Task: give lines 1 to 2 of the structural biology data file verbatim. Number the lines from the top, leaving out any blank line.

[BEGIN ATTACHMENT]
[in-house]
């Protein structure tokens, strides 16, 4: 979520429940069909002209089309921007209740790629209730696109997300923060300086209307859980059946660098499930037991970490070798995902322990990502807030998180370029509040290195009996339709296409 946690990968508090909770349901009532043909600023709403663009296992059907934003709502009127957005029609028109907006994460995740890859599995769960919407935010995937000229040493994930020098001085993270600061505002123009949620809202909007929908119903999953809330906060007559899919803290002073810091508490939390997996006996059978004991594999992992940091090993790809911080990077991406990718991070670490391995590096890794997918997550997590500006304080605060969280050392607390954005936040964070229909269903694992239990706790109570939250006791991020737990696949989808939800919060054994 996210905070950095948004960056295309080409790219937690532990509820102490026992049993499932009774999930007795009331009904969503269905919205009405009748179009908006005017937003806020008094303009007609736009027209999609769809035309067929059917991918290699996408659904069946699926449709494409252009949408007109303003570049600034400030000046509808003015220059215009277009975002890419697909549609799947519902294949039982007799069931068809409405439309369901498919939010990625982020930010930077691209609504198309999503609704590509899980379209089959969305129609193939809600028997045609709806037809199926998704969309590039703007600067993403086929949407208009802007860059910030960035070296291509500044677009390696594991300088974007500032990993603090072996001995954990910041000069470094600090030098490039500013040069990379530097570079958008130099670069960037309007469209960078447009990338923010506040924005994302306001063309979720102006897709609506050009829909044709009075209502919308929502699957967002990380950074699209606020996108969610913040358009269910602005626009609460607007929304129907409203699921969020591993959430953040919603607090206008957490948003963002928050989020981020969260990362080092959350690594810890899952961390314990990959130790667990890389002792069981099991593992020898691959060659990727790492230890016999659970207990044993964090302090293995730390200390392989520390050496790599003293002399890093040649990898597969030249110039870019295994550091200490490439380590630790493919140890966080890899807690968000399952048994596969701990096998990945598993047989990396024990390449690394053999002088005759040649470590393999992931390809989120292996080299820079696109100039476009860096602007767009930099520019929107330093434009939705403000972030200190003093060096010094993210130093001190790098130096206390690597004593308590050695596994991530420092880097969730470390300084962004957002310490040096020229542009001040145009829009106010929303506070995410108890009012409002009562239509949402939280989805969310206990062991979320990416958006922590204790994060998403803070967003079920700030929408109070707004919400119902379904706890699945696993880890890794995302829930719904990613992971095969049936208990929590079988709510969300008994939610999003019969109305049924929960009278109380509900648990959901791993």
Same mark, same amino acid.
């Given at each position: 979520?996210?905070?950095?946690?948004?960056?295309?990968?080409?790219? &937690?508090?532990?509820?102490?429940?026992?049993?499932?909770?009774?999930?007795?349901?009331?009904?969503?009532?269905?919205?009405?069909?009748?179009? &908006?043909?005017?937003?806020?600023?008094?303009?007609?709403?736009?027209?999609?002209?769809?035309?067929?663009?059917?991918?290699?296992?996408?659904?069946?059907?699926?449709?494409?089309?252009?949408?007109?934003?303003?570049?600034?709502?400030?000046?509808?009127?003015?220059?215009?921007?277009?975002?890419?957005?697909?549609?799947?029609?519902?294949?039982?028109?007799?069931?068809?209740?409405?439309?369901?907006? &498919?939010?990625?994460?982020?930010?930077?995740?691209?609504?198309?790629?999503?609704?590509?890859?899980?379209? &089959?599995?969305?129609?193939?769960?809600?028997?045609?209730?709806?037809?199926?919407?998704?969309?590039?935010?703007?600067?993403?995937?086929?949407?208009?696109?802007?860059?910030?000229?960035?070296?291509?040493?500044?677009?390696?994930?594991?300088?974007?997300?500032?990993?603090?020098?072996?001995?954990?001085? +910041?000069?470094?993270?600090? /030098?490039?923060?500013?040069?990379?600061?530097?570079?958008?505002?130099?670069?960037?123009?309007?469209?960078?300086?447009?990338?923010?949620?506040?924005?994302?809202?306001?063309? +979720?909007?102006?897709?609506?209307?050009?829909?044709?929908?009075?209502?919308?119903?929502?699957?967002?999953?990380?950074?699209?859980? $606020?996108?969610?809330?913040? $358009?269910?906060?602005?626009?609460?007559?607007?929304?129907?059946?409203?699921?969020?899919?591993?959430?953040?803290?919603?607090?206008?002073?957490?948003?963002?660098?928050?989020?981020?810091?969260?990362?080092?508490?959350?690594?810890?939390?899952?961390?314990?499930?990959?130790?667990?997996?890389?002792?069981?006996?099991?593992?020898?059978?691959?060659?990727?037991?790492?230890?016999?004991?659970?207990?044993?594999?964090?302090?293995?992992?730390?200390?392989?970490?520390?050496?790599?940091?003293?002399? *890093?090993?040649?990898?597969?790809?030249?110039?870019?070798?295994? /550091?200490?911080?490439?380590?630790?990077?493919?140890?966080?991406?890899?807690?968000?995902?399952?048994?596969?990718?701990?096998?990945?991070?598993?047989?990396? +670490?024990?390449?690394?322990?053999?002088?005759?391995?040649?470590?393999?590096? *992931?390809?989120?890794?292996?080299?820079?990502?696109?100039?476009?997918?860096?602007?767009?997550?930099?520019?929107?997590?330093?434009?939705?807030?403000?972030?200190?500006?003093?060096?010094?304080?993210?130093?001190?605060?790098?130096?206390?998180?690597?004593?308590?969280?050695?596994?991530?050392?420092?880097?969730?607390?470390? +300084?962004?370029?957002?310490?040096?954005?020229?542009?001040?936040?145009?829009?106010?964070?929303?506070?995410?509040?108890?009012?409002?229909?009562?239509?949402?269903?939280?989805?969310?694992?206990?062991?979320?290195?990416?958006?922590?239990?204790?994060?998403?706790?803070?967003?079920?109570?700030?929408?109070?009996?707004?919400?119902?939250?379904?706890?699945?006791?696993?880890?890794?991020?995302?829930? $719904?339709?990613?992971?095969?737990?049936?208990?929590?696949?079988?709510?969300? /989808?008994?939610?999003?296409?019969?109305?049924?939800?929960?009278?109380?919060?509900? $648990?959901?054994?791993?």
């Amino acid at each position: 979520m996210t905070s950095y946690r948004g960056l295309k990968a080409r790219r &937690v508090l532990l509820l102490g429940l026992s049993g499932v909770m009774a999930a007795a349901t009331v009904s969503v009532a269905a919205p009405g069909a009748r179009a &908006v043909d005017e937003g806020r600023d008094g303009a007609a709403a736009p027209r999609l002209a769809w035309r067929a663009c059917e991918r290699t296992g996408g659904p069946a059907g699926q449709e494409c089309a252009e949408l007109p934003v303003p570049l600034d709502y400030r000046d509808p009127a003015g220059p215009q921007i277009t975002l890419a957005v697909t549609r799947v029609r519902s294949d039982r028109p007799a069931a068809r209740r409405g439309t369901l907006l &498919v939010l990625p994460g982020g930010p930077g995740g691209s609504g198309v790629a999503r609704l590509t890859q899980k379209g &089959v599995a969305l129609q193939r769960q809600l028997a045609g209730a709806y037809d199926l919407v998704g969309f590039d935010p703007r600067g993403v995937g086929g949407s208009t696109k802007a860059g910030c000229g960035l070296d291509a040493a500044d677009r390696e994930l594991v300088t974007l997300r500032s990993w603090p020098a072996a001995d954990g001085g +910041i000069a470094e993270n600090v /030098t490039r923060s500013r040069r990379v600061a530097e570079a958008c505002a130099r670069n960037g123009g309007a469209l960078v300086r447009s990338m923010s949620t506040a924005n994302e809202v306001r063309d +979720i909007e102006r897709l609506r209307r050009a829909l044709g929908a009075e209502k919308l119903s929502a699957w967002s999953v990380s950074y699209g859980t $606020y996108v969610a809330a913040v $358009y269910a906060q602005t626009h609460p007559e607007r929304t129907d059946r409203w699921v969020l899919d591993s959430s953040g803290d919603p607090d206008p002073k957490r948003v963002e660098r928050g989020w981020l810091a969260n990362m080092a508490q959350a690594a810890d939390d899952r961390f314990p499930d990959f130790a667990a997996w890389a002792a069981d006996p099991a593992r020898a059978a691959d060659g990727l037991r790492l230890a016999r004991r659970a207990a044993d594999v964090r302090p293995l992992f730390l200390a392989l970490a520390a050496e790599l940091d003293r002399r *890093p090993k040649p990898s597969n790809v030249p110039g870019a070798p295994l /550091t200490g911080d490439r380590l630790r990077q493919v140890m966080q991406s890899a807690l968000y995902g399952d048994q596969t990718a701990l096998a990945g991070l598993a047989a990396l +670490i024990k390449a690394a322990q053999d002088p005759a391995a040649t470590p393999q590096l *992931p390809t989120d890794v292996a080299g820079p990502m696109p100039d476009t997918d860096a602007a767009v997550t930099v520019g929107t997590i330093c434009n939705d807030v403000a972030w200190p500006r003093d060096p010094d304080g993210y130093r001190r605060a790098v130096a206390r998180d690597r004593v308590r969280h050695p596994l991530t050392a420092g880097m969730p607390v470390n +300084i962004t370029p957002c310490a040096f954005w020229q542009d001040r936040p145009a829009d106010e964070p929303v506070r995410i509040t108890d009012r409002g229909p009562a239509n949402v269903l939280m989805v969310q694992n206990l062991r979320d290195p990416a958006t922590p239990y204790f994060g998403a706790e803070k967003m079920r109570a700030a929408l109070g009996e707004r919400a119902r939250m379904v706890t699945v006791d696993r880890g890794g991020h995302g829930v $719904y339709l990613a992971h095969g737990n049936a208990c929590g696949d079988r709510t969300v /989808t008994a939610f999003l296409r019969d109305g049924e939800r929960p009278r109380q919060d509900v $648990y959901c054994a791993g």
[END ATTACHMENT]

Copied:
[in-house]
């Protein structure tokens, strides 16, 4: 979520429940069909002209089309921007209740790629209730696109997300923060300086209307859980059946660098499930037991970490070798995902322990990502807030998180370029509040290195009996339709296409 946690990968508090909770349901009532043909600023709403663009296992059907934003709502009127957005029609028109907006994460995740890859599995769960919407935010995937000229040493994930020098001085993270600061505002123009949620809202909007929908119903999953809330906060007559899919803290002073810091508490939390997996006996059978004991594999992992940091090993790809911080990077991406990718991070670490391995590096890794997918997550997590500006304080605060969280050392607390954005936040964070229909269903694992239990706790109570939250006791991020737990696949989808939800919060054994 996210905070950095948004960056295309080409790219937690532990509820102490026992049993499932009774999930007795009331009904969503269905919205009405009748179009908006005017937003806020008094303009007609736009027209999609769809035309067929059917991918290699996408659904069946699926449709494409252009949408007109303003570049600034400030000046509808003015220059215009277009975002890419697909549609799947519902294949039982007799069931068809409405439309369901498919939010990625982020930010930077691209609504198309999503609704590509899980379209089959969305129609193939809600028997045609709806037809199926998704969309590039703007600067993403086929949407208009802007860059910030960035070296291509500044677009390696594991300088974007500032990993603090072996001995954990910041000069470094600090030098490039500013040069990379530097570079958008130099670069960037309007469209960078447009990338923010506040924005994302306001063309979720102006897709609506050009829909044709009075209502919308929502699957967002990380950074699209606020996108969610913040358009269910602005626009609460607007929304129907409203699921969020591993959430953040919603607090206008957490948003963002928050989020981020969260990362080092959350690594810890899952961390314990990959130790667990890389002792069981099991593992020898691959060659990727790492230890016999659970207990044993964090302090293995730390200390392989520390050496790599003293002399890093040649990898597969030249110039870019295994550091200490490439380590630790493919140890966080890899807690968000399952048994596969701990096998990945598993047989990396024990390449690394053999002088005759040649470590393999992931390809989120292996080299820079696109100039476009860096602007767009930099520019929107330093434009939705403000972030200190003093060096010094993210130093001190790098130096206390690597004593308590050695596994991530420092880097969730470390300084962004957002310490040096020229542009001040145009829009106010929303506070995410108890009012409002009562239509949402939280989805969310206990062991979320990416958006922590204790994060998403803070967003079920700030929408109070707004919400119902379904706890699945696993880890890794995302829930719904990613992971095969049936208990929590079988709510969300008994939610999003019969109305049924929960009278109380509900648990959901791993």